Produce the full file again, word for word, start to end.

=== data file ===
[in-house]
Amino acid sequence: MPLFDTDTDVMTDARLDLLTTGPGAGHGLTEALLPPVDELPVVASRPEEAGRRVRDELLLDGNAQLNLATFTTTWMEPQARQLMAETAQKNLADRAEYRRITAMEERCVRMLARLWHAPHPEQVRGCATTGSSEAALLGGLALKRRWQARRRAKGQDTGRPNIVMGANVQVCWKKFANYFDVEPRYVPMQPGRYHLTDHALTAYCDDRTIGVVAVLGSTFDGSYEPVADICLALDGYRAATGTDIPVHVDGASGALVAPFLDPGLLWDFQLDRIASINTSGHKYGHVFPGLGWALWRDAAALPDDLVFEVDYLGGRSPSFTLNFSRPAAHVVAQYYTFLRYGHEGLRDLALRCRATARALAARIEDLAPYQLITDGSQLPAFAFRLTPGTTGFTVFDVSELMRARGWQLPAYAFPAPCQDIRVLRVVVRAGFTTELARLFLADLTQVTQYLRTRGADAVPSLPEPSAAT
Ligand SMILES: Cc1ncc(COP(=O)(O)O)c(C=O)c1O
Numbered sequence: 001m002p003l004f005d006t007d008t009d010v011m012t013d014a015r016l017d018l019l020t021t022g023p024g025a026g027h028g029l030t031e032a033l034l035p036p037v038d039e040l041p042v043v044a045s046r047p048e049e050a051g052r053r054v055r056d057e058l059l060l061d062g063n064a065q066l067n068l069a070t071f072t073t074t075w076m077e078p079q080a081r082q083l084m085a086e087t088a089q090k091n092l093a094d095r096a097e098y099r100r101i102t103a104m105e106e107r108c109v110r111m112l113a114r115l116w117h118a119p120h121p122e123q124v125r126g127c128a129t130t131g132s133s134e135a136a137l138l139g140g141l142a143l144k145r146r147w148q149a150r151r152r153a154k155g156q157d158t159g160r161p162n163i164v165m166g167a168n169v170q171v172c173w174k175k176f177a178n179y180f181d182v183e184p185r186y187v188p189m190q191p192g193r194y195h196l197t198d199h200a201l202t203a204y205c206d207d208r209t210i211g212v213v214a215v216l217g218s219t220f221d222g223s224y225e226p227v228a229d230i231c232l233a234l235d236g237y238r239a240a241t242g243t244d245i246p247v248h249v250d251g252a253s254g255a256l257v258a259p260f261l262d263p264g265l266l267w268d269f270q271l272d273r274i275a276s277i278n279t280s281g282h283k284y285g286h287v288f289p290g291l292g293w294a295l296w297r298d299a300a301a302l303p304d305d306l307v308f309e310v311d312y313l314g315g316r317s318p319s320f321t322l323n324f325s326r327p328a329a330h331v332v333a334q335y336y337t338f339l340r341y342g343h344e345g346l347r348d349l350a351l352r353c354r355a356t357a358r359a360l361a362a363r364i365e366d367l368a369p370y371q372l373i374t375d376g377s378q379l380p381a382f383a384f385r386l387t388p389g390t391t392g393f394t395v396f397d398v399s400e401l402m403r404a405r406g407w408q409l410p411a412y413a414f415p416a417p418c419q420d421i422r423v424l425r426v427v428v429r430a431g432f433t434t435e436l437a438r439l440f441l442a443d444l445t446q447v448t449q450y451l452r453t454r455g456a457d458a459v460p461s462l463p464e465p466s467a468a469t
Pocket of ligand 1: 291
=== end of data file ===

[in-house]
Amino acid sequence: MPLFDTDTDVMTDARLDLLTTGPGAGHGLTEALLPPVDELPVVASRPEEAGRRVRDELLLDGNAQLNLATFTTTWMEPQARQLMAETAQKNLADRAEYRRITAMEERCVRMLARLWHAPHPEQVRGCATTGSSEAALLGGLALKRRWQARRRAKGQDTGRPNIVMGANVQVCWKKFANYFDVEPRYVPMQPGRYHLTDHALTAYCDDRTIGVVAVLGSTFDGSYEPVADICLALDGYRAATGTDIPVHVDGASGALVAPFLDPGLLWDFQLDRIASINTSGHKYGHVFPGLGWALWRDAAALPDDLVFEVDYLGGRSPSFTLNFSRPAAHVVAQYYTFLRYGHEGLRDLALRCRATARALAARIEDLAPYQLITDGSQLPAFAFRLTPGTTGFTVFDVSELMRARGWQLPAYAFPAPCQDIRVLRVVVRAGFTTELARLFLADLTQVTQYLRTRGADAVPSLPEPSAAT
Ligand SMILES: Cc1ncc(COP(=O)(O)O)c(C=O)c1O
Numbered sequence: 001m002p003l004f005d006t007d008t009d010v011m012t013d014a015r016l017d018l019l020t021t022g023p024g025a026g027h028g029l030t031e032a033l034l035p036p037v038d039e040l041p042v043v044a045s046r047p048e049e050a051g052r053r054v055r056d057e058l059l060l061d062g063n064a065q066l067n068l069a070t071f072t073t074t075w076m077e078p079q080a081r082q083l084m085a086e087t088a089q090k091n092l093a094d095r096a097e098y099r100r101i102t103a104m105e106e107r108c109v110r111m112l113a114r115l116w117h118a119p120h121p122e123q124v125r126g127c128a129t130t131g132s133s134e135a136a137l138l139g140g141l142a143l144k145r146r147w148q149a150r151r152r153a154k155g156q157d158t159g160r161p162n163i164v165m166g167a168n169v170q171v172c173w174k175k176f177a178n179y180f181d182v183e184p185r186y187v188p189m190q191p192g193r194y195h196l197t198d199h200a201l202t203a204y205c206d207d208r209t210i211g212v213v214a215v216l217g218s219t220f221d222g223s224y225e226p227v228a229d230i231c232l233a234l235d236g237y238r239a240a241t242g243t244d245i246p247v248h249v250d251g252a253s254g255a256l257v258a259p260f261l262d263p264g265l266l267w268d269f270q271l272d273r274i275a276s277i278n279t280s281g282h283k284y285g286h287v288f289p290g291l292g293w294a295l296w297r298d299a300a301a302l303p304d305d306l307v308f309e310v311d312y313l314g315g316r317s318p319s320f321t322l323n324f325s326r327p328a329a330h331v332v333a334q335y336y337t338f339l340r341y342g343h344e345g346l347r348d349l350a351l352r353c354r355a356t357a358r359a360l361a362a363r364i365e366d367l368a369p370y371q372l373i374t375d376g377s378q379l380p381a382f383a384f385r386l387t388p389g390t391t392g393f394t395v396f397d398v399s400e401l402m403r404a405r406g407w408q409l410p411a412y413a414f415p416a417p418c419q420d421i422r423v424l425r426v427v428v429r430a431g432f433t434t435e436l437a438r439l440f441l442a443d444l445t446q447v448t449q450y451l452r453t454r455g456a457d458a459v460p461s462l463p464e465p466s467a468a469t
Pocket of ligand 1: 291